Obesity and overweight have reached epidemic proportions in the United States (WHO, 1988). Despite the various treatment programs, the problem is getting worse, more people are becoming obese, and it is estimated that 90-95% of those who lose weight will regain it (Legro, 2000). Current treatment programs fail to take into consideration emotional variability within this population. The purpose of the present study was to examine the relationships between attachment, BMI, and psychopathology. Obese participants (N = 101) seeking treatment for weight loss completed 3 questionnaires: 1) Experiences in Close Relationships-Revised, 2) Millon Clinical Multiaxial Inventory-Ill, and 3)Questionnaire on Eating and Weight Patterns-Revised. Results indicated that attachment moderated the relationship between BMI and dysthymic symptoms, major depressive symptoms, and alcohol dependency symptoms. "Secure"ly and "Fearful"ly attached participants at high BMI were generally more distressed than "Securely and "Fearful"ly attached participants at low BMI. However, 78 avoidant and "Preoccupied" participants at high BMI were generally less distressed than avoidant and "Preoccupied" participants at low BMI. Such findings suggest that increases in BMI are associated with distress or lack of distress dependent on attachment classification. Assessment and treatment implications are elaborated.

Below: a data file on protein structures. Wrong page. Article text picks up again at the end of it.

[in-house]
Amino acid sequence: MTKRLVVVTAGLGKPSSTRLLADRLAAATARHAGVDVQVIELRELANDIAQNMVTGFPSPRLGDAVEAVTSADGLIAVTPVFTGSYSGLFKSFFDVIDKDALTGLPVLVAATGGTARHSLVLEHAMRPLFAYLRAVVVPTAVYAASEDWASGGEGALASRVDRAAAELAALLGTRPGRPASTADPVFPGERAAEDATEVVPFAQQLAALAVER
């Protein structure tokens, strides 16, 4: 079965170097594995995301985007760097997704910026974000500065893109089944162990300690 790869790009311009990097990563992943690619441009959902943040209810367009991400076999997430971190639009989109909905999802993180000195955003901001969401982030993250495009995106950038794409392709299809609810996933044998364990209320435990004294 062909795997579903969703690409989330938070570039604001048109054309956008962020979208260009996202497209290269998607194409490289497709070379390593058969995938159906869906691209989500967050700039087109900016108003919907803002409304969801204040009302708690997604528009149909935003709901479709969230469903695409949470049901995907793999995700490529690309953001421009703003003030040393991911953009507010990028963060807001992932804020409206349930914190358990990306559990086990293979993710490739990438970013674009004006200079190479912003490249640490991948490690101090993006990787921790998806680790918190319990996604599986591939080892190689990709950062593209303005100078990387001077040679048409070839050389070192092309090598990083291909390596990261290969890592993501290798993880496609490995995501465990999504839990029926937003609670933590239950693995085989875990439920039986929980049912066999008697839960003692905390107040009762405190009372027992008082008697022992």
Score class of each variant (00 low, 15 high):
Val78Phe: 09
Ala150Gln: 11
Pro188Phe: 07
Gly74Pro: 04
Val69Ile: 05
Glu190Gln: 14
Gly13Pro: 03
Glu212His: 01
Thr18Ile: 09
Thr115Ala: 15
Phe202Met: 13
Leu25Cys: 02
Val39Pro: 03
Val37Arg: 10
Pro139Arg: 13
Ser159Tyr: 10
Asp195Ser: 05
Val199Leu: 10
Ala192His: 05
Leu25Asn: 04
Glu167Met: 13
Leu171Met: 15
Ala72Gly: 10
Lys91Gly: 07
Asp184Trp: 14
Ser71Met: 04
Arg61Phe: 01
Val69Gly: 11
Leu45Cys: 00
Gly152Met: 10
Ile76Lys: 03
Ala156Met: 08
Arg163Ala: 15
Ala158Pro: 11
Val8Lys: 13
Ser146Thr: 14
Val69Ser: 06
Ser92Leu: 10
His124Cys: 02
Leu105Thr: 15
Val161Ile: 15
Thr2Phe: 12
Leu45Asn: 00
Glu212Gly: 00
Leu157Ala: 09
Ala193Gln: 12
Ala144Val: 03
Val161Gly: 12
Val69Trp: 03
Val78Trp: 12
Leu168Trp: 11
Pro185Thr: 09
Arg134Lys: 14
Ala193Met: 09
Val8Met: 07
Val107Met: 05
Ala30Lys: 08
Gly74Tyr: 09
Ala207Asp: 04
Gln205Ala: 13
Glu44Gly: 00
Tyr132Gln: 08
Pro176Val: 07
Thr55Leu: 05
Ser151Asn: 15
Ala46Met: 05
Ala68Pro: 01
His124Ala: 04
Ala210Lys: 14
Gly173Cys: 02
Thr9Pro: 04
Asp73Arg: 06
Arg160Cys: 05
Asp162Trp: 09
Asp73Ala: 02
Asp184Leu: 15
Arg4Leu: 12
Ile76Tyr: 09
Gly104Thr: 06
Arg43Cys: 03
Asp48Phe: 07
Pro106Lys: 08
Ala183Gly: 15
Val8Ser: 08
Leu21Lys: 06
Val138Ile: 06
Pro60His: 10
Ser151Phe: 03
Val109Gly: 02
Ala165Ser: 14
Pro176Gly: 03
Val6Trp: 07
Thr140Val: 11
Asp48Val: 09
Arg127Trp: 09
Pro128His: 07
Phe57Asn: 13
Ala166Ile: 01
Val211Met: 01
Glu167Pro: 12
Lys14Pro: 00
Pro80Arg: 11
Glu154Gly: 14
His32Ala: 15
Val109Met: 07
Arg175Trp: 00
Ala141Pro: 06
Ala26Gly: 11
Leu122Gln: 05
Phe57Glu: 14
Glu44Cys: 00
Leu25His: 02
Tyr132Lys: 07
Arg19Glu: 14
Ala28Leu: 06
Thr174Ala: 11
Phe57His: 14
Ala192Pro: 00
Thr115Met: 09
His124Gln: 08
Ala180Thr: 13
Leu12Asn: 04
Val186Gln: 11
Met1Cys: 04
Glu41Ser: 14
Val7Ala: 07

Document Type


Publication Date